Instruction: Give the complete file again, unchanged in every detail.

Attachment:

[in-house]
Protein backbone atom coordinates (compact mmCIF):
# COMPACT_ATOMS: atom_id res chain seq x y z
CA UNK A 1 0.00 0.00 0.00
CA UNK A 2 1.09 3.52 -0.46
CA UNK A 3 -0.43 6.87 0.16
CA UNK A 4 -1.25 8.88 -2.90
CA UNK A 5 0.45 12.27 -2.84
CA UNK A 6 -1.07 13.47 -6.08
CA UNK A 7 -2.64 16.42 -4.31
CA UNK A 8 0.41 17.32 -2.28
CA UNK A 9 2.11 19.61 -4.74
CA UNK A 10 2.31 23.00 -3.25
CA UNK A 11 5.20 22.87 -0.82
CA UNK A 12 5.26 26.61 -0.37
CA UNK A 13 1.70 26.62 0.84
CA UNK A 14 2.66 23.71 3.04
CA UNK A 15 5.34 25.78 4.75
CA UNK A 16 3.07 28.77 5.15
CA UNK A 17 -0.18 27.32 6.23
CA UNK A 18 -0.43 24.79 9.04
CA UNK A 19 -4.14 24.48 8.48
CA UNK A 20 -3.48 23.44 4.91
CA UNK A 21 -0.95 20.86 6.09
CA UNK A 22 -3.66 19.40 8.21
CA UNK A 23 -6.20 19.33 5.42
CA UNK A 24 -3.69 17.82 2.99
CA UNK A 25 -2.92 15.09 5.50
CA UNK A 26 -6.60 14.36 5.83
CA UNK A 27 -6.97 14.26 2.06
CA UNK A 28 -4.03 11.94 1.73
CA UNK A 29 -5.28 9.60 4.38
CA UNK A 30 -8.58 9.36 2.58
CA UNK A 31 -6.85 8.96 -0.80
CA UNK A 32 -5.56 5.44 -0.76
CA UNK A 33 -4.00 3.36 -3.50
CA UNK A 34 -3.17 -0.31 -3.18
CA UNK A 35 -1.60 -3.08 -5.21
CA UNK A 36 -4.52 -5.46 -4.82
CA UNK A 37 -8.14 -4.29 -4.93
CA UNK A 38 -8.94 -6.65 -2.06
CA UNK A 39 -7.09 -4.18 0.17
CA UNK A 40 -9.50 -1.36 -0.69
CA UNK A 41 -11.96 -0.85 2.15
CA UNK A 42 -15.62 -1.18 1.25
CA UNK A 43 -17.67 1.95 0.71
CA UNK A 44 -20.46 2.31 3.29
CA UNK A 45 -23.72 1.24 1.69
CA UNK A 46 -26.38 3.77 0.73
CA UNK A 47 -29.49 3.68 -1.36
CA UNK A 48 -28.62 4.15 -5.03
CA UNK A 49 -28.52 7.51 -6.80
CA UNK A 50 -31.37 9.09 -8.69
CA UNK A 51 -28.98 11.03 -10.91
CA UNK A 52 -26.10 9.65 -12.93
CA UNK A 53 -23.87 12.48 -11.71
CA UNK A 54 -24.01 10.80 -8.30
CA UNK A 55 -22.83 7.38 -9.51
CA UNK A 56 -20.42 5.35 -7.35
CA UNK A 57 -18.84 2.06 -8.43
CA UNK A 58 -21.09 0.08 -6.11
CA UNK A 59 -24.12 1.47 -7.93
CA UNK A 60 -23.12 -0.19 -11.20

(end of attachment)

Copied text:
[in-house]
Protein backbone atom coordinates (compact mmCIF):
# COMPACT_ATOMS: atom_id res chain seq x y z
CA UNK A 1 0.00 0.00 0.00
CA UNK A 2 1.09 3.52 -0.46
CA UNK A 3 -0.43 6.87 0.16
CA UNK A 4 -1.25 8.88 -2.90
CA UNK A 5 0.45 12.27 -2.84
CA UNK A 6 -1.07 13.47 -6.08
CA UNK A 7 -2.64 16.42 -4.31
CA UNK A 8 0.41 17.32 -2.28
CA UNK A 9 2.11 19.61 -4.74
CA UNK A 10 2.31 23.00 -3.25
CA UNK A 11 5.20 22.87 -0.82
CA UNK A 12 5.26 26.61 -0.37
CA UNK A 13 1.70 26.62 0.84
CA UNK A 14 2.66 23.71 3.04
CA UNK A 15 5.34 25.78 4.75
CA UNK A 16 3.07 28.77 5.15
CA UNK A 17 -0.18 27.32 6.23
CA UNK A 18 -0.43 24.79 9.04
CA UNK A 19 -4.14 24.48 8.48
CA UNK A 20 -3.48 23.44 4.91
CA UNK A 21 -0.95 20.86 6.09
CA UNK A 22 -3.66 19.40 8.21
CA UNK A 23 -6.20 19.33 5.42
CA UNK A 24 -3.69 17.82 2.99
CA UNK A 25 -2.92 15.09 5.50
CA UNK A 26 -6.60 14.36 5.83
CA UNK A 27 -6.97 14.26 2.06
CA UNK A 28 -4.03 11.94 1.73
CA UNK A 29 -5.28 9.60 4.38
CA UNK A 30 -8.58 9.36 2.58
CA UNK A 31 -6.85 8.96 -0.80
CA UNK A 32 -5.56 5.44 -0.76
CA UNK A 33 -4.00 3.36 -3.50
CA UNK A 34 -3.17 -0.31 -3.18
CA UNK A 35 -1.60 -3.08 -5.21
CA UNK A 36 -4.52 -5.46 -4.82
CA UNK A 37 -8.14 -4.29 -4.93
CA UNK A 38 -8.94 -6.65 -2.06
CA UNK A 39 -7.09 -4.18 0.17
CA UNK A 40 -9.50 -1.36 -0.69
CA UNK A 41 -11.96 -0.85 2.15
CA UNK A 42 -15.62 -1.18 1.25
CA UNK A 43 -17.67 1.95 0.71
CA UNK A 44 -20.46 2.31 3.29
CA UNK A 45 -23.72 1.24 1.69
CA UNK A 46 -26.38 3.77 0.73
CA UNK A 47 -29.49 3.68 -1.36
CA UNK A 48 -28.62 4.15 -5.03
CA UNK A 49 -28.52 7.51 -6.80
CA UNK A 50 -31.37 9.09 -8.69
CA UNK A 51 -28.98 11.03 -10.91
CA UNK A 52 -26.10 9.65 -12.93
CA UNK A 53 -23.87 12.48 -11.71
CA UNK A 54 -24.01 10.80 -8.30
CA UNK A 55 -22.83 7.38 -9.51
CA UNK A 56 -20.42 5.35 -7.35
CA UNK A 57 -18.84 2.06 -8.43
CA UNK A 58 -21.09 0.08 -6.11
CA UNK A 59 -24.12 1.47 -7.93
CA UNK A 60 -23.12 -0.19 -11.20